It turns out that actually the parts of the brain that are responsible for this kind of attentive processing are located at a lower, more ventral level, than the dorsal attention system. The particular areas are mostly in the temporal parietal junction on the right side. And the other right-sided region is in the ventro-lateral frontal cortex, again on the right side. So, what do these mostly right-sided regions do? It turns out that they pay this involuntary, reflexive attention to both the right and left sides of the environment. Now, if you’ve sort of been prepared to accept that your left sided temporal and frontal regions are most concerned with your language operations, with words and your expressive speech, and your receptive speech, it becomes a little easier to understand that the brain delegated to the right side of the brain this important function of paying attention to both sides of the environment.
So to summarize then, we’ve got two different modes of paying attention. One sort of looks down and is mostly in the upper part of the brain. When it looks down it pays attention mostly things that are in front of it. It pays attention to things that we can grasp close to are body like tools, and in doing that by the way, in grasping things close to our body with our hands and fingers using tools we’re mostly relying on our senses of touch in our fingers and proprioception in our fingers. These are clearly parietal lobe oriented functions, so I hope you’re getting the sense that were talking more about a top-down function that is more in the parietal lobe.
On the other hand the central attention system, because it’s mostly coursing through lower parts of the brain, particularly in the lower temporal and lower frontal lobe that’s relying more on our senses of vision and sense of hearing, and these senses are designed to help us detect and identify things that are out of reach of our finger, things at a distance, things way off in the distance. In fact and instead of looking down in order to identify these its efficiencies are designed more in the direction of identifying and seeing and hearing things in the at a distance from us often by looking up or by listening up. So there you are, two forms of attention involving very different parts of the brain and the importance of these for meditators I think with a little reflection you can start beginning to imagine because basically our two different kinds of attentive arts we engage in when we meditate fall into similar categories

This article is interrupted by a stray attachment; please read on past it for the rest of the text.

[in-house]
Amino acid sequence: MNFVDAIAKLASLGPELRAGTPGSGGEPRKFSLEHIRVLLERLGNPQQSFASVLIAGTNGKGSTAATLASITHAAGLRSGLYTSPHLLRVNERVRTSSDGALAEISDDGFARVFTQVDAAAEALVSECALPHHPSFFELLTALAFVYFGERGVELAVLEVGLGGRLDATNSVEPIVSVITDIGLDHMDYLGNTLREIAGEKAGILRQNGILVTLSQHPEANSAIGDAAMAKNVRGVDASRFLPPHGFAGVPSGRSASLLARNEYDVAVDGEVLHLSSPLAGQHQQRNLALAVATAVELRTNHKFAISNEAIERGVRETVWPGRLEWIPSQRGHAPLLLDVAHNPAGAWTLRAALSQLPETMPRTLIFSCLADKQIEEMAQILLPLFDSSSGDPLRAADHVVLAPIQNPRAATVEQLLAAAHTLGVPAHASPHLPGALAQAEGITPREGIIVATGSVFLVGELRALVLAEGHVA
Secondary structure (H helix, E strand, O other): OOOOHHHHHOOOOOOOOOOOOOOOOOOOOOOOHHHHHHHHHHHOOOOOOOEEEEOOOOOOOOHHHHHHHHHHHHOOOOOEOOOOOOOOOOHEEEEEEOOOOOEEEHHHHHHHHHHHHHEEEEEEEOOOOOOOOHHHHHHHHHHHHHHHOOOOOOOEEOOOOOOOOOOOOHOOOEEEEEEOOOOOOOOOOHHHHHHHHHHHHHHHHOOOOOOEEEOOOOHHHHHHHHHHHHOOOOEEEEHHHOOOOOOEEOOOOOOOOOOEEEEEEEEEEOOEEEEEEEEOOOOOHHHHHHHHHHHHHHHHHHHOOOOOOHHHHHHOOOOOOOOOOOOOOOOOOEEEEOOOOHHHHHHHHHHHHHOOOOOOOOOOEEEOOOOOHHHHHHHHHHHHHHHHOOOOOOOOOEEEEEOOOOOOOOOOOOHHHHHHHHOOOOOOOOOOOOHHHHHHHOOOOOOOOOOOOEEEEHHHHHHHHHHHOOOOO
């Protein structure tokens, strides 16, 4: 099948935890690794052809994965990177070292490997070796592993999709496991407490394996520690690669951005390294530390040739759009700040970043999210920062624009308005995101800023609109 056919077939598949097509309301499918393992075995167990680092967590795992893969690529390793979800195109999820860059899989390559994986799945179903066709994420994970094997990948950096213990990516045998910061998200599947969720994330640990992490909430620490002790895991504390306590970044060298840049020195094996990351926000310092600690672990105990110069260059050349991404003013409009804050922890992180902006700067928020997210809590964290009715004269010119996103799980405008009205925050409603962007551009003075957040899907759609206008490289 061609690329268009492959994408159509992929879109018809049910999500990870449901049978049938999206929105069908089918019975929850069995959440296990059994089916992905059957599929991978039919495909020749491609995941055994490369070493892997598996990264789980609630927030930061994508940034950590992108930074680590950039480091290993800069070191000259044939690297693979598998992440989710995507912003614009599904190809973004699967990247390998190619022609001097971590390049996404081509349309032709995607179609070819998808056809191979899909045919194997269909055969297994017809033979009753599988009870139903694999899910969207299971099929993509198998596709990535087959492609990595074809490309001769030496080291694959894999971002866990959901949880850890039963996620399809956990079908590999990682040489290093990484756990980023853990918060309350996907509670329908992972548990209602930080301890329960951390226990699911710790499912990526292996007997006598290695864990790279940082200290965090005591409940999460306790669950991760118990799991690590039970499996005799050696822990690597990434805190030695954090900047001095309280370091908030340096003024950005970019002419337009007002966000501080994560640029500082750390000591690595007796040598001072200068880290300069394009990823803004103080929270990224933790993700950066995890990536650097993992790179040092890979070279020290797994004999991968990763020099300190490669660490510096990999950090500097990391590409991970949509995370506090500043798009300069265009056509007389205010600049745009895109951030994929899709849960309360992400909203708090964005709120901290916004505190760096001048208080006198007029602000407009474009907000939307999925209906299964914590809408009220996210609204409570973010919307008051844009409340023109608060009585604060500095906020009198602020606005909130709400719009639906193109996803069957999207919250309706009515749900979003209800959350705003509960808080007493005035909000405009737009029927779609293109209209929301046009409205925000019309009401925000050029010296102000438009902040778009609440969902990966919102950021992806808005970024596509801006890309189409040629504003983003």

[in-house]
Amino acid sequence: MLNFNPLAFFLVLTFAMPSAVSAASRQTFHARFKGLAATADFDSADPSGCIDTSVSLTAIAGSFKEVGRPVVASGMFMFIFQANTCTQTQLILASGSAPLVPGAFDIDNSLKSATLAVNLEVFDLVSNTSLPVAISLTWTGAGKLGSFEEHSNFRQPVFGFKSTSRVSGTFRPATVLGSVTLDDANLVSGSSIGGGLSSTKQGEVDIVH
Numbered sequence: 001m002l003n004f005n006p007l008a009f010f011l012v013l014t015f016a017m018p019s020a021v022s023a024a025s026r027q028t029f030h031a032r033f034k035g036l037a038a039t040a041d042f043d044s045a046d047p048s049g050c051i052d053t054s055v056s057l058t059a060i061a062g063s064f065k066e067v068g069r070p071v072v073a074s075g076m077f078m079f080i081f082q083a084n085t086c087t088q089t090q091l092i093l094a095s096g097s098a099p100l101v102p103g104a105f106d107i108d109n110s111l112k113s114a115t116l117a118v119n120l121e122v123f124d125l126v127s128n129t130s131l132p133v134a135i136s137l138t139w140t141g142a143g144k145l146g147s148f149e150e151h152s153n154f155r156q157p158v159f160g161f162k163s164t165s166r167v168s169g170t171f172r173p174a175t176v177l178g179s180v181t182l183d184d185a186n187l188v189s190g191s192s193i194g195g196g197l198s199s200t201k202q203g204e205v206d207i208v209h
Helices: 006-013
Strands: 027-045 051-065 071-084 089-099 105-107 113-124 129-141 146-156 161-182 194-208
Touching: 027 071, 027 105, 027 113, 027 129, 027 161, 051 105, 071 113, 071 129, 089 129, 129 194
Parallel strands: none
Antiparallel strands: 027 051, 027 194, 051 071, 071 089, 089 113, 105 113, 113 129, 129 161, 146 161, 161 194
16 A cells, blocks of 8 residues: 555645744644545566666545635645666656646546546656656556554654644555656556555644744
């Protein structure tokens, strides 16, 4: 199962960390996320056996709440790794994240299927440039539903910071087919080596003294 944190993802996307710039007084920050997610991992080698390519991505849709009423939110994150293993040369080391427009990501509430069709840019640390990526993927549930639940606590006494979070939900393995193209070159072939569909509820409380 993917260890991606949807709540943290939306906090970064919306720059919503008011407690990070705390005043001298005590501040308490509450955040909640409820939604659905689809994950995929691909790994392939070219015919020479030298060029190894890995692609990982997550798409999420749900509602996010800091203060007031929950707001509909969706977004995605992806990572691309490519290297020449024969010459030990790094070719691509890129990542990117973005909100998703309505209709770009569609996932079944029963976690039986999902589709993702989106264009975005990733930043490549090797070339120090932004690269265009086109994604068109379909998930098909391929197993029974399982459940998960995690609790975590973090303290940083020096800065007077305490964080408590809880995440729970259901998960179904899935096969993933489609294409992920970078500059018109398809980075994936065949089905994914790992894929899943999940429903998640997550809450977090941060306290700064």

James: Our concentrative meditation is more effortful. It’s more sustained, focused, and exclusive it requires top-down attentive processing. It’s more self-referential. It may evolve into the absorption of the jhānas, and it can be kind of summarized as paying attention. Whereas the more receptive modes of meditation are more unfocused. They’re more effortless. They’re more open. They involve only a bare awareness that expresses bottom-up modes of processing there more involuntary there other referential there tuned to the world outside and they’re the ones who can shift into our more intuitive and insightful modes of awareness and they’re clearly choiceless because we’re not in there choosing to do with them, they more or less take place automatically. So it’s these two major modes of attention that overlap in significant ways with comparable styles of meditation the one is concentrated and the other is receptive.